But we don’t really need this to be plausible, do we? It’s Shakespeare, and we got it performed in a most entertaining way, and when that happens the story becomes real. SF Shakes does it again!  As I said last year, they’re a  local treasure. After the show on the bus home I talked to a couple of tourists from Wales who had made the effort to see the play. Now that’s a vacation. It’s things like SF Shakes that make this City great. I love seeing the Main Post Parade Ground Lawn of the Presidio covered with blankets, and people sitting on them eating, drinking and digging the scene. Lots of them are families, and they bring their kids, and the kids sit there quietly for the whole show. Wow! That speaks volumes about what was happening. SF Shakes is showing the next generation of theatre-goers how wonderful a live play can be, and that is quite an accomplishment. (They also have a touring company which does abridged version of plays at schools and other places – last year I got to see a 50 minute version of “Romeo and Juliet” in the West Portal Library.  It was outstanding.)

I have been doing this blog for almost a year now. In that time the planet has taken a trip around the sun, the seasons have gone through their cycle, SF Shakes has done their annual play and I have gotten to write about it again. I am looking forward to experiencing all these things again in the future. And I have something else to say about the future: The Presidio is where the United Federation of Planets is going to build  Starfleet Academy. Hey,  I like “Star Trek” and Shakespeare! Two years ago I went to London and saw Patrick Stewart, who played the captain of the Starship Enterprise, playing Prospero in The RSC production of “The Tempest.” Anyway, as I looked around at the Presidio between acts of “The Comedy of Errors” I imagined what it would look like centuries from now. And I hoped that when Starfleet Academy is there, that SF Shakes will still be there too. Live long and prosper!

Outside the Novello Theater, London, 2007

Outside the Novello Theater, London, 2007

“Pericles” – San Francisco Shakespeare Festival

September 18, 2008

Last weekend I went to the San Francisco Shakespeare Festival production of “Pericles.” They have been performing it all summer in various locations, but there is only one more weekend of it left. I saw it in the Presidio, which is where they have been in San Francisco for the last few years. (Before that they had been in Golden Gate Park.) Just getting there was an adventure. Before SF Shakes started to use the Presidio I hadn’t visited there much – I had to learn to the bus routes to where they were doing the play. This year I was experienced enough to actually hike part of the way into the Presidio. I ended up on what turned out to be one of the oldest foot-paths in the City. According to a plaque I read it has been in use for hundreds of years, and it was really fun to think about how many generations of hikers had walked on it before me. It was called “Lovers Lane,” which seemed like the perfect path to take to go see the love story of “Pericles.” I arrived safely at the Parade Grounds, where SF Shakes set up their portable stage, sound system, lights, generator, etc. It’s quite a lot of equipment to haul around from city to city to put on a show, and they’ve been doing it for 26 years now. I think of SF Shakes as a real local treasure – I look forward to seeing them every year. When I talk to tourists who are visiting San Francisco, and they ask me what to do here, I tell them to go to the park and see a play! It’s a chance to see some of our local talent at their best, visit an historic site, and, on a night like I saw them, see a full moon rising up above in the fog. What could be better than that?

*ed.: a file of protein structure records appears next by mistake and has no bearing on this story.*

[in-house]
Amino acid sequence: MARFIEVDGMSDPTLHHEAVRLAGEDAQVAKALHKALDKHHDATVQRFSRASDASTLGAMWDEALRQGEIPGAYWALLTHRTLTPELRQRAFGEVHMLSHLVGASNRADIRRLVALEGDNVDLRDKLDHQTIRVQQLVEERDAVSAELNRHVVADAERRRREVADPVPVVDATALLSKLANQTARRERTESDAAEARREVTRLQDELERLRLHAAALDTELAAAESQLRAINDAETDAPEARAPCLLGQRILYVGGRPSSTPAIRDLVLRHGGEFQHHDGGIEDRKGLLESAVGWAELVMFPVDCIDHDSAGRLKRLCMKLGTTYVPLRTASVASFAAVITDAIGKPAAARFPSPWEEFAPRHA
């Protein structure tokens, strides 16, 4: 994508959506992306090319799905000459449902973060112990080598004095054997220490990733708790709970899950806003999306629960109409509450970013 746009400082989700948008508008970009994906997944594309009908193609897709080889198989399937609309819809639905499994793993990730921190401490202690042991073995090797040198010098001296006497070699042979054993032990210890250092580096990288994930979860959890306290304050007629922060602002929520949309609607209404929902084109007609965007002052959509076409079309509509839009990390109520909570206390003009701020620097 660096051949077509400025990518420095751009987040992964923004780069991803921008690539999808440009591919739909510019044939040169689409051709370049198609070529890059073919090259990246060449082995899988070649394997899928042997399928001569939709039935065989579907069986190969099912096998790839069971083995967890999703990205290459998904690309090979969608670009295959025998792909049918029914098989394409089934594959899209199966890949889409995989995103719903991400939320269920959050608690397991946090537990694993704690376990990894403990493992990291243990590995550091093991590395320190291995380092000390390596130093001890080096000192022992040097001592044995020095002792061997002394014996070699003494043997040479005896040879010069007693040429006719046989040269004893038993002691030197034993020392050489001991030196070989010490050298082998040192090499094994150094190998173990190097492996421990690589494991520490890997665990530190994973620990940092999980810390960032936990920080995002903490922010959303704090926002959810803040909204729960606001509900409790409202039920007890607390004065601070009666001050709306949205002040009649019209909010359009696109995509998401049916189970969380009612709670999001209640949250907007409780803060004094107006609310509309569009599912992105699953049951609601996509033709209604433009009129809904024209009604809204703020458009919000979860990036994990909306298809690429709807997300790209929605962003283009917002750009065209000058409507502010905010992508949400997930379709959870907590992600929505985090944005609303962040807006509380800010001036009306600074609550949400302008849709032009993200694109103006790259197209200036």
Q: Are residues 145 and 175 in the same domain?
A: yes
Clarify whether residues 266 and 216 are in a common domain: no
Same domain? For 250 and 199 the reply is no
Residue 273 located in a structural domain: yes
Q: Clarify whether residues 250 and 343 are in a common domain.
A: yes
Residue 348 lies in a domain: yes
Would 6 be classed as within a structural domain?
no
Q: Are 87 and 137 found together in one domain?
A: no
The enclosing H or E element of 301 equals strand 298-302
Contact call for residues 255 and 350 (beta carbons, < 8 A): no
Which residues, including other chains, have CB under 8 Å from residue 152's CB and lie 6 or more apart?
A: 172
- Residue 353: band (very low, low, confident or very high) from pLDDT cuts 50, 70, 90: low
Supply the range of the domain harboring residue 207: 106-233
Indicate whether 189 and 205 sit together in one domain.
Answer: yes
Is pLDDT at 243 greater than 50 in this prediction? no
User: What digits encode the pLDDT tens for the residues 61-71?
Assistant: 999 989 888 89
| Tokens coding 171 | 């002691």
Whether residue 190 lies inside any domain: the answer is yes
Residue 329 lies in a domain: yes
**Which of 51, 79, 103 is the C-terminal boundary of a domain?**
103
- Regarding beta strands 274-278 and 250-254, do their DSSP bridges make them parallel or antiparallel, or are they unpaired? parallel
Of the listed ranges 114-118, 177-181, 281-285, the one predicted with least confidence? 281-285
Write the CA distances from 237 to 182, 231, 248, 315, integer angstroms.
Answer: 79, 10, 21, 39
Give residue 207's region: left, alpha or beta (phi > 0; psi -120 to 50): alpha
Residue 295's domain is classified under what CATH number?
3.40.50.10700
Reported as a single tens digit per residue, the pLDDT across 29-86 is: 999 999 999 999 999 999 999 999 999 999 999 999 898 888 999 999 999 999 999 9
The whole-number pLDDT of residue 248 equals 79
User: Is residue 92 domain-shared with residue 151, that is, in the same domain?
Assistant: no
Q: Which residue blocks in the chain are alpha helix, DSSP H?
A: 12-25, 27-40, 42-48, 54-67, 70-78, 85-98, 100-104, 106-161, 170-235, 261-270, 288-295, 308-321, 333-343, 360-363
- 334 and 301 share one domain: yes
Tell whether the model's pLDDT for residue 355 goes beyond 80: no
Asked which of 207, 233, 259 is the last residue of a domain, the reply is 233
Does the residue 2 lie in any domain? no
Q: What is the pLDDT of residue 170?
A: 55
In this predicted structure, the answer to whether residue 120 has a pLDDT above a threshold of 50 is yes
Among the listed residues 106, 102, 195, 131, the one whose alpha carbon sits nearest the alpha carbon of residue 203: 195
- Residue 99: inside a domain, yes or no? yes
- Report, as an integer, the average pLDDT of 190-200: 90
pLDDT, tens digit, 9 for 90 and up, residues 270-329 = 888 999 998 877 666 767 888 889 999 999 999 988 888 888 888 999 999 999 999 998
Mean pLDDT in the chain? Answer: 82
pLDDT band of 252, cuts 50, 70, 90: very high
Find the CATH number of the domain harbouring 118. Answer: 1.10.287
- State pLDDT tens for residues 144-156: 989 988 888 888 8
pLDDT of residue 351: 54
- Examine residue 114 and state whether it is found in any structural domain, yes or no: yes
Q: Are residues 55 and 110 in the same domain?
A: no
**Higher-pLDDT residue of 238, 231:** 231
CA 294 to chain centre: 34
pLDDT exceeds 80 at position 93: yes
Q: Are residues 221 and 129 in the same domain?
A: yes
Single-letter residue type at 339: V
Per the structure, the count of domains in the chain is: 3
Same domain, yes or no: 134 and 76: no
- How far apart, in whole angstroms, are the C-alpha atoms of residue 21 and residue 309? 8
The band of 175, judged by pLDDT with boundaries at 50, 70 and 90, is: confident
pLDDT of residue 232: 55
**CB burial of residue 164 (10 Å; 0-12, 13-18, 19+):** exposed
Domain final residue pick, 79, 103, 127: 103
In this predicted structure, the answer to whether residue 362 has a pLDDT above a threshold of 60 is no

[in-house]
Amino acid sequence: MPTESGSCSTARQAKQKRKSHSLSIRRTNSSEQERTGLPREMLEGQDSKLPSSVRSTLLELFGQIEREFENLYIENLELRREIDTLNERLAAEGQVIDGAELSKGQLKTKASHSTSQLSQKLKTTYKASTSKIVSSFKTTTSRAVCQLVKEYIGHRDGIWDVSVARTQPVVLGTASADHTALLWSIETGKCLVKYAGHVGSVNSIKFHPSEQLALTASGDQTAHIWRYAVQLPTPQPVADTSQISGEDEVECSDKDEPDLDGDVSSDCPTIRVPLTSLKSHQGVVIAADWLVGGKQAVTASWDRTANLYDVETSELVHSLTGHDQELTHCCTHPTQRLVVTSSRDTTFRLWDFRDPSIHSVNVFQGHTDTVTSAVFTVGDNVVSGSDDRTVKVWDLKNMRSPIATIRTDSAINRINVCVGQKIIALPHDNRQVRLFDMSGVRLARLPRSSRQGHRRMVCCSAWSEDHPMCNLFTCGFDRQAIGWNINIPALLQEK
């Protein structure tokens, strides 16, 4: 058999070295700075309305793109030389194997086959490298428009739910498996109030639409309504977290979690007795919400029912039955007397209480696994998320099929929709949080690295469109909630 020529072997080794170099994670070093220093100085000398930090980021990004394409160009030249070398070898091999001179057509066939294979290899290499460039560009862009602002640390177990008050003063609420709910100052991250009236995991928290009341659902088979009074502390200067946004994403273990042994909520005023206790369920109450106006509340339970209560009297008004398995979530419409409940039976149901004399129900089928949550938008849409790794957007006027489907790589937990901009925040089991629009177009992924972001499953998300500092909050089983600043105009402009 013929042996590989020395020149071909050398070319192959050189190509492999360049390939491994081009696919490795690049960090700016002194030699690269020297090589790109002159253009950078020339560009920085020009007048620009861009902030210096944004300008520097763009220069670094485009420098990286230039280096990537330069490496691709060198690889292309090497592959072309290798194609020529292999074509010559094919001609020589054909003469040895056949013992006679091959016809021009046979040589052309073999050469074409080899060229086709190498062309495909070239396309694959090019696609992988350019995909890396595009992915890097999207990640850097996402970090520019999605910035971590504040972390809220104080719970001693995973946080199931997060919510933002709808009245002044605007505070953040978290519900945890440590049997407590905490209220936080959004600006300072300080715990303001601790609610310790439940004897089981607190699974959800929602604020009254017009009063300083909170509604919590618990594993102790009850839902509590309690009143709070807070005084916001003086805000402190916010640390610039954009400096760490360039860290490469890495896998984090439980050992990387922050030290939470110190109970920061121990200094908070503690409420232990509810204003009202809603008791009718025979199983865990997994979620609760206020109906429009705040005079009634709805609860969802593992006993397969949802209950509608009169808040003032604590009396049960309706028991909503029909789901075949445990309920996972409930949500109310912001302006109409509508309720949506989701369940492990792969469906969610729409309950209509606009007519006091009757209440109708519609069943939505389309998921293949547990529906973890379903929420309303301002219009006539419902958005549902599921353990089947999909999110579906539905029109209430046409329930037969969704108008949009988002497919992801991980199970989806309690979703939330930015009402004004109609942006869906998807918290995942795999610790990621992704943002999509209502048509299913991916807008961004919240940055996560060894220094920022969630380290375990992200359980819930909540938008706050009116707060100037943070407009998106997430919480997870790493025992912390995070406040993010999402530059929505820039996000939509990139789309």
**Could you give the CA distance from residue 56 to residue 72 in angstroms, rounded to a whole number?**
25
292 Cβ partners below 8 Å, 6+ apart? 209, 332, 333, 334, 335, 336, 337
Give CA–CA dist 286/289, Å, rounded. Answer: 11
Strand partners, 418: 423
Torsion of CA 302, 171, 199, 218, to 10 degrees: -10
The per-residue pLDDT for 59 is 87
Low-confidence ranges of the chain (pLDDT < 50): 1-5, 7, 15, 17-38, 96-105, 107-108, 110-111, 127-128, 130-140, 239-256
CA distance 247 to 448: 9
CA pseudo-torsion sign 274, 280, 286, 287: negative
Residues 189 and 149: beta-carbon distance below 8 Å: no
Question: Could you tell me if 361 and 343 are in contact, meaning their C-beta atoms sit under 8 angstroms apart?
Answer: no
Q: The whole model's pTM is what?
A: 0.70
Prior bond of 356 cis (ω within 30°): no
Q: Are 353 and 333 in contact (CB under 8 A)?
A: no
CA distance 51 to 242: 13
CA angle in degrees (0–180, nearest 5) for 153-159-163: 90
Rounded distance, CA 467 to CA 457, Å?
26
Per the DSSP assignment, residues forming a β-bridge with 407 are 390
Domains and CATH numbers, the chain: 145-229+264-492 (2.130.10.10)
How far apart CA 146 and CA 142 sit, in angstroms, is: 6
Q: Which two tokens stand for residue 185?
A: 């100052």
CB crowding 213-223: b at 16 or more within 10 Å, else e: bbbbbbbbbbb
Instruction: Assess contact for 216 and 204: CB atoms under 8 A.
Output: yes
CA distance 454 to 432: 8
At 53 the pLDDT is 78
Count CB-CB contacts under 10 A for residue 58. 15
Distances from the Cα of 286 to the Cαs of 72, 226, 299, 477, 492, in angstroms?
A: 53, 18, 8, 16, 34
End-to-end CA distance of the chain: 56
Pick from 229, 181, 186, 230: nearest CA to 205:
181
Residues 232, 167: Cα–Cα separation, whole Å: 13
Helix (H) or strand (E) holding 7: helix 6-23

They do a Saturday evening performance, and then another on Sunday afternoon, and the contrast in the weather between them can be quite extreme. This year I caught an evening show and, as in years past, it was very cold and foggy – but I dressed appropriately. “Pericles” is not one of Shakespeare’s (or anyone else’s) classic plays. But the cast and crew of SF Shakes did a fine job of making it a fun evening of theatre. I’ve only seen it a few times prior to this (including once in June at CalShakes) and I was impressed with how they were able to make sense of the long, twisted plot. This is a story of a man on a journey. It’s a weird, improbable journey, but then so are most journeys – and in fact most lives. So I walked away from “Pericles” with something of a better understanding of what it means to be alive. This production was set somewhere in the American frontier in the 1800s. I can’t explain why or how, but it worked. Live music was a big part of the show. I don’t know much about the musical genres that were used – I guess you would call it “old timey” or maybe old gospel or folk. But the musicians were talented, and it was quite a change from last years SF Shakes show, when all the music was pre-recorded pop songs and classical music. The live sound mix, as well as the actor’s voices, came through clear and clean over the SF Shakes p.a. system (which they haven’t always done in years past.) The dancing and costumes were colorful. It was a pleasure watching the cast move around. The accents that most of them had were at first a bit strange, and maybe even annoying and confusing. But after a while I got used to it as I settled into the world that they were creating on stage.

I was happy to see some people from last years SF Shakes production of “A Midsummer Night’s Dream” returning. I loved that show, and went to see it every weekend it was in the Presidio. Emily Jordan and Michael C. Storm, who last year played Oberon and Titania, were back again in the lead roles. Wow! They are both so talented that it was worth seeing the play just to experience their acting. I barely recognized either of them when the play began – their characters are so different from “Midsummer.” I took the bus home and slept well after an evening in the park. When I woke up the next morning I continued to think about the play I had seen. It was one of those kind of performances that stayed with me, and left me feeling good in the days that followed. Go see it this weekend if you have the chance, and it might do the same for you.

Pax, Vox